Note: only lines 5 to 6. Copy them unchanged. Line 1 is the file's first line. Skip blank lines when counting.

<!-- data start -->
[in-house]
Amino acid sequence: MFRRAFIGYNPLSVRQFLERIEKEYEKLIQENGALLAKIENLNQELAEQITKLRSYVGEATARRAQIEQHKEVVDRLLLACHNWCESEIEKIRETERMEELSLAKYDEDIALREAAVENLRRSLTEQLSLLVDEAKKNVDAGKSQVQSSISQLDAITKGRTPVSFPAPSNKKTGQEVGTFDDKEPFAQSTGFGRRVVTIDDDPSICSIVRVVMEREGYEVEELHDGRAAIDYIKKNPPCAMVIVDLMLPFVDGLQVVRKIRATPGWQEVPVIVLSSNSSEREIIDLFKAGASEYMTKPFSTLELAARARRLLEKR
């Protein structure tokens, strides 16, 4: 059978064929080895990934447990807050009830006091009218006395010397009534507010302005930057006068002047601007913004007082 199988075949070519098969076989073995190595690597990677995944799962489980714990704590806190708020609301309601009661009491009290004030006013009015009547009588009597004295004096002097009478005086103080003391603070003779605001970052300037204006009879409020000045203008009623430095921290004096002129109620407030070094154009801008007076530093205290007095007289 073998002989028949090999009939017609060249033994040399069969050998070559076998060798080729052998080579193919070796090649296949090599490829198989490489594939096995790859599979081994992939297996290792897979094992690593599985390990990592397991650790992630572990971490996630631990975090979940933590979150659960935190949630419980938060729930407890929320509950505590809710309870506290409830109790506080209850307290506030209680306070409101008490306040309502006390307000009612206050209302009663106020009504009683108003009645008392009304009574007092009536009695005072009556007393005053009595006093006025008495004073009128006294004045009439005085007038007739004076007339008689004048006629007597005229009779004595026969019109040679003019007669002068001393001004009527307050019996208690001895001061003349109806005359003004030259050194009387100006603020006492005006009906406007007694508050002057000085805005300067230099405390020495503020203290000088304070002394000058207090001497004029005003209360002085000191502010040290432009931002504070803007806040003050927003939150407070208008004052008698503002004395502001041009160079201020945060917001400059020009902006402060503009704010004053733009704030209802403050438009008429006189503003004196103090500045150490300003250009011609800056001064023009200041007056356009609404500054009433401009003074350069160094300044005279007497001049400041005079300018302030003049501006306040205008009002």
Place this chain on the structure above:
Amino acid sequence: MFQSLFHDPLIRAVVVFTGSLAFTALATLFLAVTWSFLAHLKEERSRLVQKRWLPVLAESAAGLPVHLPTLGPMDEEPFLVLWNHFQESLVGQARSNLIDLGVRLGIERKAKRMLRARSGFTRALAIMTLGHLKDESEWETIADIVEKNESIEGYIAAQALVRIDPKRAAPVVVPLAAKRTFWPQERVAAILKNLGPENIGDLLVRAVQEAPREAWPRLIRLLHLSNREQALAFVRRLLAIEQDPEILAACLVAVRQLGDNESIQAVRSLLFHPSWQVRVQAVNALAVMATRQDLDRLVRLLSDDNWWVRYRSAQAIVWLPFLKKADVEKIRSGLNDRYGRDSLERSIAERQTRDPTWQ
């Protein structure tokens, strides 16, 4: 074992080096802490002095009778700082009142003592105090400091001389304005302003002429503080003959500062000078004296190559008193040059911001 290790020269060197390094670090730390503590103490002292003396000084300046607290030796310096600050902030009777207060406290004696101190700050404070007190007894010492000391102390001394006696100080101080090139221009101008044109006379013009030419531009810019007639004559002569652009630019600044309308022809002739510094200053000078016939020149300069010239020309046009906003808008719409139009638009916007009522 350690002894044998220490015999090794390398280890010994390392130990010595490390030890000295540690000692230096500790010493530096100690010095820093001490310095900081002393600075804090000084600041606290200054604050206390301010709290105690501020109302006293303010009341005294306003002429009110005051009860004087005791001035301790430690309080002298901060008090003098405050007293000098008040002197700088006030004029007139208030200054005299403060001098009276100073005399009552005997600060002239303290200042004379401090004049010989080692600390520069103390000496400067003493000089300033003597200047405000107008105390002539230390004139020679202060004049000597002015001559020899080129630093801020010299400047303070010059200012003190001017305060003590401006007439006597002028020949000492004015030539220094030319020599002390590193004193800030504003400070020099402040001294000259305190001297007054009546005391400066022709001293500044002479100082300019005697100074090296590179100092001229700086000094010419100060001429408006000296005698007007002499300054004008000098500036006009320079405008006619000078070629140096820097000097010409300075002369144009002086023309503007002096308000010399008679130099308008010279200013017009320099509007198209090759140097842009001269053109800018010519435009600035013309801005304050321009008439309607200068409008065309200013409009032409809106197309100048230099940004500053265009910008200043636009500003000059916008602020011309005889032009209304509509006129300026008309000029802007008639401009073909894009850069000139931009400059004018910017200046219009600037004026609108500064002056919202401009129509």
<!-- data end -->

Amino acid sequence: MFQSLFHDPLIRAVVVFTGSLAFTALATLFLAVTWSFLAHLKEERSRLVQKRWLPVLAESAAGLPVHLPTLGPMDEEPFLVLWNHFQESLVGQARSNLIDLGVRLGIERKAKRMLRARSGFTRALAIMTLGHLKDESEWETIADIVEKNESIEGYIAAQALVRIDPKRAAPVVVPLAAKRTFWPQERVAAILKNLGPENIGDLLVRAVQEAPREAWPRLIRLLHLSNREQALAFVRRLLAIEQDPEILAACLVAVRQLGDNESIQAVRSLLFHPSWQVRVQAVNALAVMATRQDLDRLVRLLSDDNWWVRYRSAQAIVWLPFLKKADVEKIRSGLNDRYGRDSLERSIAERQTRDPTWQ
């Protein structure tokens, strides 16, 4: 074992080096802490002095009778700082009142003592105090400091001389304005302003002429503080003959500062000078004296190559008193040059911001 290790020269060197390094670090730390503590103490002292003396000084300046607290030796310096600050902030009777207060406290004696101190700050404070007190007894010492000391102390001394006696100080101080090139221009101008044109006379013009030419531009810019007639004559002569652009630019600044309308022809002739510094200053000078016939020149300069010239020309046009906003808008719409139009638009916007009522 350690002894044998220490015999090794390398280890010994390392130990010595490390030890000295540690000692230096500790010493530096100690010095820093001490310095900081002393600075804090000084600041606290200054604050206390301010709290105690501020109302006293303010009341005294306003002429009110005051009860004087005791001035301790430690309080002298901060008090003098405050007293000098008040002197700088006030004029007139208030200054005299403060001098009276100073005399009552005997600060002239303290200042004379401090004049010989080692600390520069103390000496400067003493000089300033003597200047405000107008105390002539230390004139020679202060004049000597002015001559020899080129630093801020010299400047303070010059200012003190001017305060003590401006007439006597002028020949000492004015030539220094030319020599002390590193004193800030504003400070020099402040001294000259305190001297007054009546005391400066022709001293500044002479100082300019005697100074090296590179100092001229700086000094010419100060001429408006000296005698007007002499300054004008000098500036006009320079405008006619000078070629140096820097000097010409300075002369144009002086023309503007002096308000010399008679130099308008010279200013017009320099509007198209090759140097842009001269053109800018010519435009600035013309801005304050321009008439309607200068409008065309200013409009032409809106197309100048230099940004500053265009910008200043636009500003000059916008602020011309005889032009209304509509006129300026008309000029802007008639401009073909894009850069000139931009400059004018910017200046219009600037004026609108500064002056919202401009129509």